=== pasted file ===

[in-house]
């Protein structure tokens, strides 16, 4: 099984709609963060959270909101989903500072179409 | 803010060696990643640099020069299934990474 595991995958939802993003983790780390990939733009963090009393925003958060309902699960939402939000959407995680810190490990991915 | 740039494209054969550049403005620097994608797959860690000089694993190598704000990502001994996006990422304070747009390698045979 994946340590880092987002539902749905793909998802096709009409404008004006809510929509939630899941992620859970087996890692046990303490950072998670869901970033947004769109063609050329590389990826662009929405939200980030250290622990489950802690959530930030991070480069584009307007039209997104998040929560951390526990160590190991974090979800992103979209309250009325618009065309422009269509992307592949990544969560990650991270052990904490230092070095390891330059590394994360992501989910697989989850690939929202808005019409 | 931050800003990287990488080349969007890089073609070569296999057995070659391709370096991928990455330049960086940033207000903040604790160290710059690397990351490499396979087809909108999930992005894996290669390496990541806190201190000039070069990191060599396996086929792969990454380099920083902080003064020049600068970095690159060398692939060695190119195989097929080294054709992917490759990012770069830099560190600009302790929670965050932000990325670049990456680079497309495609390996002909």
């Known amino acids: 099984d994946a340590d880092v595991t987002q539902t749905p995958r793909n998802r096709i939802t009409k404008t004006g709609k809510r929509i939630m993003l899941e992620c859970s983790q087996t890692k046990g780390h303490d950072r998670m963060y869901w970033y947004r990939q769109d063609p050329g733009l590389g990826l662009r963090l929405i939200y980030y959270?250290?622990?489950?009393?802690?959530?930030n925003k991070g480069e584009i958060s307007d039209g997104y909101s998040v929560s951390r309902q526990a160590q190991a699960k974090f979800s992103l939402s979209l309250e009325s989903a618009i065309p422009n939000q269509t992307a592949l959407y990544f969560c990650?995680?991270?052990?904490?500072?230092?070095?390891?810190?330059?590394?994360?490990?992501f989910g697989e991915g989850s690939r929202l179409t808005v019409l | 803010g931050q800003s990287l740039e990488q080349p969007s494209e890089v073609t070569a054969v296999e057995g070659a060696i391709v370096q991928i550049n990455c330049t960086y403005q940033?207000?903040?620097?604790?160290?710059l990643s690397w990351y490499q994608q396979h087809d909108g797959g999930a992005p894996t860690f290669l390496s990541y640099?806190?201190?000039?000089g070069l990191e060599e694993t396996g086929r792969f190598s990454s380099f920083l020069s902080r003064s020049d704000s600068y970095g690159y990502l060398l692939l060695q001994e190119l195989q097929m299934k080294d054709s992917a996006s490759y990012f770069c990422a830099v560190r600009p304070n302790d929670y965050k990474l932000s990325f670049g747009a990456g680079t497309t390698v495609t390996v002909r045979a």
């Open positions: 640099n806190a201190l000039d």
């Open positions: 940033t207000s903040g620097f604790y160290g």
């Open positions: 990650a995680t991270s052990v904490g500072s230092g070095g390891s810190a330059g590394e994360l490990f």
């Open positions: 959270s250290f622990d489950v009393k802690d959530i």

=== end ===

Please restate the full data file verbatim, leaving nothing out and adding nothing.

[in-house]
């Protein structure tokens, strides 16, 4: 099984709609963060959270909101989903500072179409 | 803010060696990643640099020069299934990474 595991995958939802993003983790780390990939733009963090009393925003958060309902699960939402939000959407995680810190490990991915 | 740039494209054969550049403005620097994608797959860690000089694993190598704000990502001994996006990422304070747009390698045979 994946340590880092987002539902749905793909998802096709009409404008004006809510929509939630899941992620859970087996890692046990303490950072998670869901970033947004769109063609050329590389990826662009929405939200980030250290622990489950802690959530930030991070480069584009307007039209997104998040929560951390526990160590190991974090979800992103979209309250009325618009065309422009269509992307592949990544969560990650991270052990904490230092070095390891330059590394994360992501989910697989989850690939929202808005019409 | 931050800003990287990488080349969007890089073609070569296999057995070659391709370096991928990455330049960086940033207000903040604790160290710059690397990351490499396979087809909108999930992005894996290669390496990541806190201190000039070069990191060599396996086929792969990454380099920083902080003064020049600068970095690159060398692939060695190119195989097929080294054709992917490759990012770069830099560190600009302790929670965050932000990325670049990456680079497309495609390996002909």
């Known amino acids: 099984d994946a340590d880092v595991t987002q539902t749905p995958r793909n998802r096709i939802t009409k404008t004006g709609k809510r929509i939630m993003l899941e992620c859970s983790q087996t890692k046990g780390h303490d950072r998670m963060y869901w970033y947004r990939q769109d063609p050329g733009l590389g990826l662009r963090l929405i939200y980030y959270?250290?622990?489950?009393?802690?959530?930030n925003k991070g480069e584009i958060s307007d039209g997104y909101s998040v929560s951390r309902q526990a160590q190991a699960k974090f979800s992103l939402s979209l309250e009325s989903a618009i065309p422009n939000q269509t992307a592949l959407y990544f969560c990650?995680?991270?052990?904490?500072?230092?070095?390891?810190?330059?590394?994360?490990?992501f989910g697989e991915g989850s690939r929202l179409t808005v019409l | 803010g931050q800003s990287l740039e990488q080349p969007s494209e890089v073609t070569a054969v296999e057995g070659a060696i391709v370096q991928i550049n990455c330049t960086y403005q940033?207000?903040?620097?604790?160290?710059l990643s690397w990351y490499q994608q396979h087809d909108g797959g999930a992005p894996t860690f290669l390496s990541y640099?806190?201190?000039?000089g070069l990191e060599e694993t396996g086929r792969f190598s990454s380099f920083l020069s902080r003064s020049d704000s600068y970095g690159y990502l060398l692939l060695q001994e190119l195989q097929m299934k080294d054709s992917a996006s490759y990012f770069c990422a830099v560190r600009p304070n302790d929670y965050k990474l932000s990325f670049g747009a990456g680079t497309t390698v495609t390996v002909r045979a």
């Open positions: 640099n806190a201190l000039d």
């Open positions: 940033t207000s903040g620097f604790y160290g």
């Open positions: 990650a995680t991270s052990v904490g500072s230092g070095g390891s810190a330059g590394e994360l490990f």
């Open positions: 959270s250290f622990d489950v009393k802690d959530i």